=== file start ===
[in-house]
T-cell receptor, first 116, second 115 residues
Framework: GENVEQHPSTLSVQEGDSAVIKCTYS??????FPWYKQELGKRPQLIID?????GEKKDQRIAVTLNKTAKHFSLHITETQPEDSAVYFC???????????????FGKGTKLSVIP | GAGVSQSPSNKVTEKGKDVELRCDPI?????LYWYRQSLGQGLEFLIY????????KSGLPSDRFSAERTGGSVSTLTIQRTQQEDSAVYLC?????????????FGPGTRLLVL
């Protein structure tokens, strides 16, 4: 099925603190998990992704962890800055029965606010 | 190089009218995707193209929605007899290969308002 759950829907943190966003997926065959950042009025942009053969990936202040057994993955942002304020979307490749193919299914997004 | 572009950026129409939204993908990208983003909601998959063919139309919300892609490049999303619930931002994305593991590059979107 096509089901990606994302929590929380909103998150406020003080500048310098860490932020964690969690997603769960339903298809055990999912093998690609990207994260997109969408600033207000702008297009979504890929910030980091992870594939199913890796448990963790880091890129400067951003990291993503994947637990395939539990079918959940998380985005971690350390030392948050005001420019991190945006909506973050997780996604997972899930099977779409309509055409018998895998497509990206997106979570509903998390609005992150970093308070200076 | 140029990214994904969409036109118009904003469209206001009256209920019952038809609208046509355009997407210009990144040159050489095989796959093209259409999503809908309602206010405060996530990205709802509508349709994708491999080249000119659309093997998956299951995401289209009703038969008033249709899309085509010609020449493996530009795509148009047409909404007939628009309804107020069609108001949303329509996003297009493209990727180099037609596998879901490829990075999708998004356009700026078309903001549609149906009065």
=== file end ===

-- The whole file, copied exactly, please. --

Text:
[in-house]
T-cell receptor, first 116, second 115 residues
Framework: GENVEQHPSTLSVQEGDSAVIKCTYS??????FPWYKQELGKRPQLIID?????GEKKDQRIAVTLNKTAKHFSLHITETQPEDSAVYFC???????????????FGKGTKLSVIP | GAGVSQSPSNKVTEKGKDVELRCDPI?????LYWYRQSLGQGLEFLIY????????KSGLPSDRFSAERTGGSVSTLTIQRTQQEDSAVYLC?????????????FGPGTRLLVL
């Protein structure tokens, strides 16, 4: 099925603190998990992704962890800055029965606010 | 190089009218995707193209929605007899290969308002 759950829907943190966003997926065959950042009025942009053969990936202040057994993955942002304020979307490749193919299914997004 | 572009950026129409939204993908990208983003909601998959063919139309919300892609490049999303619930931002994305593991590059979107 096509089901990606994302929590929380909103998150406020003080500048310098860490932020964690969690997603769960339903298809055990999912093998690609990207994260997109969408600033207000702008297009979504890929910030980091992870594939199913890796448990963790880091890129400067951003990291993503994947637990395939539990079918959940998380985005971690350390030392948050005001420019991190945006909506973050997780996604997972899930099977779409309509055409018998895998497509990206997106979570509903998390609005992150970093308070200076 | 140029990214994904969409036109118009904003469209206001009256209920019952038809609208046509355009997407210009990144040159050489095989796959093209259409999503809908309602206010405060996530990205709802509508349709994708491999080249000119659309093997998956299951995401289209009703038969008033249709899309085509010609020449493996530009795509148009047409909404007939628009309804107020069609108001949303329509996003297009493209990727180099037609596998879901490829990075999708998004356009700026078309903001549609149906009065």